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Building a Bioreactor for Kombucha
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Please be positive and constructive with your questions and comments.

Building a Bioreactor for Kombucha

by EnchantressOfNumbers07 on Fri May 08, 2020 8:53 pm

I want to build a bioreactor to make kombucha but to do so I need to find a microcontroller that can sense pH, oxygen, temperature, and sugar in water. What microcontroller(s) & sensors would be good for this project?

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Re: Building a Bioreactor for Kombucha

by adafruit_support_bill on Sat May 09, 2020 6:44 am

We have sensors for temperature. The DS18B20 would be a good choice. See this guide for precision temperature control using an Arduino and the DS18B20: https://learn.adafruit.com/sous-vide-po ... us-viduino
For pH and Oxygen sensors, I'd check with aquarium specialist sites.

Unfortunately, the only glucose sensors I know of for monitoring bioreactors are part of some rather expensive lab equipment. The measurement involves extracting a sample from the reactor, and mixing it with precise quantities of reagents (the precision robotics behind that operation are a good part of the expense) before bringing it into contact with an amperometric sensor to measure the results.

You might be able to make something workable using a home blood glucose meter.

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Re: Building a Bioreactor for Kombucha

by EnchantressOfNumbers07 on Sat May 09, 2020 9:30 pm

Thank you so much for the information! I was wondering if the Arduino could handle so many sensors. Would it be theoretically easy to say for instance "if pH > 7, lift hatch/pump to let lemon juice in; if O2 < 5, pump more O2" (just an example)?

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Re: Building a Bioreactor for Kombucha

by adafruit_support_bill on Sun May 10, 2020 6:13 am

I was wondering if the Arduino could handle so many sensors.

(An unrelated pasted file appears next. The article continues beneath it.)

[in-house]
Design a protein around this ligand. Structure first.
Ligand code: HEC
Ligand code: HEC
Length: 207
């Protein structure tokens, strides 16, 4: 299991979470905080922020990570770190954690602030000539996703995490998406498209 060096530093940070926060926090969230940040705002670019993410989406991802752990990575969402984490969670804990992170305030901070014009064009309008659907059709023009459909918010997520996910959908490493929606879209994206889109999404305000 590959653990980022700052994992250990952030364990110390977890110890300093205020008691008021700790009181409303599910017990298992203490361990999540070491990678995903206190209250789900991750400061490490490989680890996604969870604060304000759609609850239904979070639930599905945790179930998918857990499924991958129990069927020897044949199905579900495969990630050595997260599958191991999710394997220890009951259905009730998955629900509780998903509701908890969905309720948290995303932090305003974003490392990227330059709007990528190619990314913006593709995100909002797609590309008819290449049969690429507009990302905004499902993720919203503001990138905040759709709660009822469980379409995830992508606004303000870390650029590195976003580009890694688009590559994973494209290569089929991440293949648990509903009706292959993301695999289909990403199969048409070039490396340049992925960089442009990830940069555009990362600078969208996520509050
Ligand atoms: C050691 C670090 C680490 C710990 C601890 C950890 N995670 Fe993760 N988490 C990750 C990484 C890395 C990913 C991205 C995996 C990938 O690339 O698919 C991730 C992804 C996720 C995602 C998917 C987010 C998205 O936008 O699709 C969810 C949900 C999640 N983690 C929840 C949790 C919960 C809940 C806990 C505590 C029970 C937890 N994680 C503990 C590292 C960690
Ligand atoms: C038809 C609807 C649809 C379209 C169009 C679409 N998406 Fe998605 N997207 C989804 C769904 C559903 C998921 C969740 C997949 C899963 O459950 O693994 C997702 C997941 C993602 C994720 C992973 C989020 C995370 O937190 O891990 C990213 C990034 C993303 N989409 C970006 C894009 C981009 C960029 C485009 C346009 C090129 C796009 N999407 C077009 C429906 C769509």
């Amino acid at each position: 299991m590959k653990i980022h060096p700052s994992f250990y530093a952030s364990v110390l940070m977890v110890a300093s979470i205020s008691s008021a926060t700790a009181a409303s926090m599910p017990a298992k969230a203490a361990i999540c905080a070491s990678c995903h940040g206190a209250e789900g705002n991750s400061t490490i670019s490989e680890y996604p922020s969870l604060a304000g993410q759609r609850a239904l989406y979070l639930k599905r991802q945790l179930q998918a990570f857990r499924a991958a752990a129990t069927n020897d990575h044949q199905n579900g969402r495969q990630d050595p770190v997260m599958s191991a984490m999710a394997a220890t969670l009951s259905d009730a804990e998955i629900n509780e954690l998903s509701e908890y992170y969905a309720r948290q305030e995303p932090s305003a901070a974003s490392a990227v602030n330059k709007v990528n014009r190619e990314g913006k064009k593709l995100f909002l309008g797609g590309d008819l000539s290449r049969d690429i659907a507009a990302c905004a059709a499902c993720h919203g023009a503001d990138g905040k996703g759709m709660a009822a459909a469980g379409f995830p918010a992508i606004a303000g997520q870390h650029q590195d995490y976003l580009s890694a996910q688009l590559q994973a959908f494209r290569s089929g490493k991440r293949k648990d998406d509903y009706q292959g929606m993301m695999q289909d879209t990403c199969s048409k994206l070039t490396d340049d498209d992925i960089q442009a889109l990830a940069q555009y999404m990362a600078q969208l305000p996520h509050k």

An Arduino should be able to handle it. Fermentation is a relatively slow process, so processor speed should not be an issue. Unless you are planning a fancy graphical user interface, memory should not be an issue either. Pin-count requirements will depend on the sensors and actuators you end up with. I2c sensors can all share the same 2 i2c bus pins. Analog sensors typically need one analog pin each. If you use servos to operate your valves, you would need just one pin each for those.

Would it be theoretically easy to say for instance "if pH > 7, lift hatch/pump to let lemon juice in; if O2 < 5, pump more O2" (just an example)?

For stable control, you will probably want to at least use some sort of proportional control. So the amount of lemon juice added would be proportional to the difference between the measured pH and the setpoint value (7).

The guide linked in my previous post uses a Proportional/Integral/Derivative (PID) control algorithm for the temperature.

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Re: Building a Bioreactor for Kombucha

by EnchantressOfNumbers07 on Sun May 10, 2020 6:52 pm

Thank you again for your response! I wanted to know if there are some compatibility issues if I use sensors from aquarium sites. Should

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Re: Building a Bioreactor for Kombucha

by adafruit_support_bill on Sun May 10, 2020 7:44 pm

I wanted to know if there are some compatibility issues if I use sensors from aquarium sites

Most should be able to be accommodated.

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Re: Building a Bioreactor for Kombucha

by EnchantressOfNumbers07 on Mon May 18, 2020 1:17 pm

Thank you again for your patience with me thus far. I was wondering if I could build a similar system with a Raspberry Pi Zero since I have one on hand and my code expertise is in Java and Matlab. If so, where can I find compatible sensors?

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Re: Building a Bioreactor for Kombucha

by adafruit_support_bill on Mon May 18, 2020 1:41 pm

You might want to take a look at the Reef-Pi series of tutorials here: https://learn.adafruit.com/search?q=reef-pi
These deal with controlling a reef aquarium with a Rspberry Pi, but he is measuring many of the same parameters you are interested in.

For temperature, he uses our DS18B20: https://www.adafruit.com/product/381
For pH he uses a sensor from Atlas Scientific: https://www.amazon.com/dp/B00641R1PQ/

He has not written the section on dissolved oxygen, but I believe he will be using one of the Atlas Scientific sensors for that too.

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